One of the fastest-growing offshoots of the country's burgeoning cannabis industry is cannabis surveillance, a new multi-million dollar industry that aims to keep track of states' legal marijuana crops from seed to sale. The purpose of this surveillance is to protect states that have legalized pot, since the drug remains illegal on a federal level. By keeping track of every plant and bud grown, state officials can prove that their crop is not being shipped to black market sellers in a state where pot is still illegal.
In 2011, Colorado passed a law requiring cannabis surveillance, becoming the first state to mandate seed-to-sale tracking. The state now uses a compliance system called the Marijuana Enforcement Tracking Reporting and Compliance (METRC). Every marijuana plant carries a tag, which is planted in its soil or tied to its stalk. The tags are blue for recreational and yellow for medicinal, and each has a barcode and a Radio Frequency ID (RFID) chip. Grow operations and their employees are under constant video surveillance.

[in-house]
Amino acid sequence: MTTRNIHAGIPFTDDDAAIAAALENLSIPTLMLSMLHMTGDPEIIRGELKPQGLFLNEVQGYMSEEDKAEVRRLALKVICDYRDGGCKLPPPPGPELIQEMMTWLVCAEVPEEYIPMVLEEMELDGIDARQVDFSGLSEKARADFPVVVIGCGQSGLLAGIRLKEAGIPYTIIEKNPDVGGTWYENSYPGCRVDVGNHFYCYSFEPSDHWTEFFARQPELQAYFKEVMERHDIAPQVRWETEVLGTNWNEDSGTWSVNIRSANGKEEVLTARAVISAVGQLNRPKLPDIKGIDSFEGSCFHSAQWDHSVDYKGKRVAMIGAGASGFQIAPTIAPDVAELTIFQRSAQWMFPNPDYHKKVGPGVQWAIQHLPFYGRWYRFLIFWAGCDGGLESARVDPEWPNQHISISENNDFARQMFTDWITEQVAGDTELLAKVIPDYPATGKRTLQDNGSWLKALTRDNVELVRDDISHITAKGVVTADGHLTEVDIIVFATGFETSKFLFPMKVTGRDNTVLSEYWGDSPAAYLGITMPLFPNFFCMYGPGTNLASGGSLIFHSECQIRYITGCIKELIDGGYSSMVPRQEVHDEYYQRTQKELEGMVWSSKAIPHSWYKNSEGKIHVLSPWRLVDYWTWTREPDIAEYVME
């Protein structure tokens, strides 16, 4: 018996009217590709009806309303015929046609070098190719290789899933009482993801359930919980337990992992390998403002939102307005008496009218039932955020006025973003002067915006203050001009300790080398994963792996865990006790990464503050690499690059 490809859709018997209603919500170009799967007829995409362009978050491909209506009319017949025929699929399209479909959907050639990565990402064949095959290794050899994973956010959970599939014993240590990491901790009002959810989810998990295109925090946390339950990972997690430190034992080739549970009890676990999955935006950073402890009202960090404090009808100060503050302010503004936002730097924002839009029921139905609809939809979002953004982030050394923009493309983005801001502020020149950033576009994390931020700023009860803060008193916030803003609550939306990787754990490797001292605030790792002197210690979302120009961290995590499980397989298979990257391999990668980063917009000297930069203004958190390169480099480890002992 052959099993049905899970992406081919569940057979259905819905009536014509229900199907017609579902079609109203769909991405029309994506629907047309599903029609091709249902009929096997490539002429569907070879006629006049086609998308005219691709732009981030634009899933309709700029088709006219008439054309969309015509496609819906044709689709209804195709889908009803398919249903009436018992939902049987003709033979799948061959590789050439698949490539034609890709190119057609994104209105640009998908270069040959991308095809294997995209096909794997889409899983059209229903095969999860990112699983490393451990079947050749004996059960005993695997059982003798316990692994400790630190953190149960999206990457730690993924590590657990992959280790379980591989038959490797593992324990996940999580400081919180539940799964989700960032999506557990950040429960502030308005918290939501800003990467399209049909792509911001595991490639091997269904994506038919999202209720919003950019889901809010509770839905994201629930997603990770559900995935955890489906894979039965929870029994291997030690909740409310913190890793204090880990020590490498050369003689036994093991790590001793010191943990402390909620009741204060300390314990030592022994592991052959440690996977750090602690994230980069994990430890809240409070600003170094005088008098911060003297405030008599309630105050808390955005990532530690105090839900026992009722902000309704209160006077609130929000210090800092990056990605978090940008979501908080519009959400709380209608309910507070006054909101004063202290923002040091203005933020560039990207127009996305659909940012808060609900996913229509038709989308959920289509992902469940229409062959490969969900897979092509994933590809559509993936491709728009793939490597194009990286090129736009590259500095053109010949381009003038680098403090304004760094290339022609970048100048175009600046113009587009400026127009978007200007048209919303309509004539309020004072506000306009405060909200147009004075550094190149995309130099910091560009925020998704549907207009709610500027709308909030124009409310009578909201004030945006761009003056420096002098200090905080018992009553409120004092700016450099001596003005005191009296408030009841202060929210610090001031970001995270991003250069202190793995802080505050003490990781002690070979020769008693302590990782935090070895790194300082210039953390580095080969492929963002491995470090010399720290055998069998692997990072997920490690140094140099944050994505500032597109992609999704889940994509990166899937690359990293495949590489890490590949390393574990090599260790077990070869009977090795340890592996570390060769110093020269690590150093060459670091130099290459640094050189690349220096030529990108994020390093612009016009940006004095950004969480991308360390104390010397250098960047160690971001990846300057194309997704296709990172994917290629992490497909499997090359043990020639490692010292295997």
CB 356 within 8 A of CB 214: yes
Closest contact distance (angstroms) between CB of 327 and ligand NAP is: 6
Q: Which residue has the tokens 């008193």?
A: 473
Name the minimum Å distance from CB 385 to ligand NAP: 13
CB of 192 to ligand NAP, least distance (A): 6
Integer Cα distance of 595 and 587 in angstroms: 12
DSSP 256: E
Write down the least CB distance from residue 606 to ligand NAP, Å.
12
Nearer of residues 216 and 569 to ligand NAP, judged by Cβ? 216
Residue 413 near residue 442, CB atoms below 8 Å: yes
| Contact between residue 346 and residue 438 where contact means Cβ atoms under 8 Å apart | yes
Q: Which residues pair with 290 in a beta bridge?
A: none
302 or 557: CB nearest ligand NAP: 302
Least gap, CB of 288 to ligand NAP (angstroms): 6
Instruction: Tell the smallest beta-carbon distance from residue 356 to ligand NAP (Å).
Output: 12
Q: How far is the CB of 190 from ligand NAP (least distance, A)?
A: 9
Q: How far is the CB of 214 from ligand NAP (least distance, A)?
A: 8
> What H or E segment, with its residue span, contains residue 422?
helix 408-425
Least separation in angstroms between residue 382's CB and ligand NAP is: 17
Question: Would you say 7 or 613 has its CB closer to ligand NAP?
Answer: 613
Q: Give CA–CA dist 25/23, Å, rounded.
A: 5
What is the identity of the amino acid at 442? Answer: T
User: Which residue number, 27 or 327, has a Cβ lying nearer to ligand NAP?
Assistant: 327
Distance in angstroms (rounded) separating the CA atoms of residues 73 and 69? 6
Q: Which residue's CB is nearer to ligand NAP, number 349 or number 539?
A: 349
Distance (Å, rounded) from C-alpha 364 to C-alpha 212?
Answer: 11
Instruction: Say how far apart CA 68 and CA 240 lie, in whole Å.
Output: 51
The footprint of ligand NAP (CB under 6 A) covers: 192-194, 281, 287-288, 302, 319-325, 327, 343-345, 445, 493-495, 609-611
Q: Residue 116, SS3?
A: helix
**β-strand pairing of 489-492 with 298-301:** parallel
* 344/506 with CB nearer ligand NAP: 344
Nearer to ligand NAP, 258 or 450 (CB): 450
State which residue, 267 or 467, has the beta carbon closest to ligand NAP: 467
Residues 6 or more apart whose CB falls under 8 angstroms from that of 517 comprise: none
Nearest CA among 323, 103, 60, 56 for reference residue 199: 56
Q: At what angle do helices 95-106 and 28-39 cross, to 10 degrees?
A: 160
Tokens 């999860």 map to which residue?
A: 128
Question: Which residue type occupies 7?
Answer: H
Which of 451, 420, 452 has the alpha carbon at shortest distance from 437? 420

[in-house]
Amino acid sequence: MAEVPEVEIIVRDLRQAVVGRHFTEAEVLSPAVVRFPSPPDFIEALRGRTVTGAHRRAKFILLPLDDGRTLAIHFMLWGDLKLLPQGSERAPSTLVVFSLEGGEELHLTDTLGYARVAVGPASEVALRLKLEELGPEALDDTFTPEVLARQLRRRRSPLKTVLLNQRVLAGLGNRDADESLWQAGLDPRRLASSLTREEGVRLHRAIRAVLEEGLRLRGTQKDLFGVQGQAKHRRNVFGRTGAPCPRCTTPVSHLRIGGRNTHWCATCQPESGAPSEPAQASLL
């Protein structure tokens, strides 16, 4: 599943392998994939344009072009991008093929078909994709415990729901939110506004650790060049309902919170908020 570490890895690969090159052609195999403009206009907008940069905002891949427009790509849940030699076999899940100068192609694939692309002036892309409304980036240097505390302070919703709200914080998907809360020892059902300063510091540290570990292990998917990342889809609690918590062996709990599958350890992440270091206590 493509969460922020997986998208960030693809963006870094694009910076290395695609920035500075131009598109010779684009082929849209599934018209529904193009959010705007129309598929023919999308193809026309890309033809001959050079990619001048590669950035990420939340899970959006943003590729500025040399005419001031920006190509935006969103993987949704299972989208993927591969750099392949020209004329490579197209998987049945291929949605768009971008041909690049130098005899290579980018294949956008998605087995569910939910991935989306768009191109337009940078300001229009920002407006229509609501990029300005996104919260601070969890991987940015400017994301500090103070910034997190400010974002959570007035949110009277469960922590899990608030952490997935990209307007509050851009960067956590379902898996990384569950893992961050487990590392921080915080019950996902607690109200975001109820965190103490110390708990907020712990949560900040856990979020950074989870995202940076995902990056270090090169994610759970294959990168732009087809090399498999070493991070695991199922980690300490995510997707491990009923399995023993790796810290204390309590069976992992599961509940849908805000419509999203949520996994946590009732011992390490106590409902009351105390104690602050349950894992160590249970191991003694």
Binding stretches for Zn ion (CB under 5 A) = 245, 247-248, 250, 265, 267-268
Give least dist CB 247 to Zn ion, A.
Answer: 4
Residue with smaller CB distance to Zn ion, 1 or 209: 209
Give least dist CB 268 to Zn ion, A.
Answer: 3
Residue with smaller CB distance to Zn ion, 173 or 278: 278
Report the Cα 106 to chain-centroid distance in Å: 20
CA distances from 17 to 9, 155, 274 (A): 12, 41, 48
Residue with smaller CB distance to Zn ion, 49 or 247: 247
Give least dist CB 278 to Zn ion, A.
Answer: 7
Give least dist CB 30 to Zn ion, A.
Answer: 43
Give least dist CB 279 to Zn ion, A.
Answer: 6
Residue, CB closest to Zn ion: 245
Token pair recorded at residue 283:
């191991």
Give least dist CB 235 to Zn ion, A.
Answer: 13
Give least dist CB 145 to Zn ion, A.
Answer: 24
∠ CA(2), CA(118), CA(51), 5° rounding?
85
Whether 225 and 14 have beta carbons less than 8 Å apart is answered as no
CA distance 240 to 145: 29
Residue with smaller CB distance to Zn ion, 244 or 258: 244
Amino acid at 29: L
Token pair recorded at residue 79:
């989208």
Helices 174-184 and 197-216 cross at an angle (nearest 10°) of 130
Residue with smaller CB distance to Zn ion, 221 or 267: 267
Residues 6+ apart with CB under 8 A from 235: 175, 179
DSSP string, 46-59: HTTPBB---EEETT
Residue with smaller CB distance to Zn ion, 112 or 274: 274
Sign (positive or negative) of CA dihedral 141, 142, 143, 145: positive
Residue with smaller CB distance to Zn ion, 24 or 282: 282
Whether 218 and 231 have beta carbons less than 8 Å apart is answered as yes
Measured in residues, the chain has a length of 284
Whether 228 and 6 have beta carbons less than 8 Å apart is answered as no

“I believe we've taken the pharmaceutical and alcohol industry's approach to [cannabis compliance software] because we had law enforcement in mind when we made this product,” said David Dinenberg, CEO of Kind Financial, a company that has partnered with Microsoft to create their own seed-to-sale compliance software. “You can't divert product from our software—anytime you're logged in, whether that's through your thumbprint or a password, we have recordings of it. We don't even delete it. It lasts forever.”
“There is an absolute stigma to this industry,” Dinenberg said. “The only way we'll get taken seriously is when we can act more like a traditional business, and the only way that's going to happen is compliance and technology. I don't think there is anything wrong with having strict compliance. This will be a heavily regulated industry for a very long time.”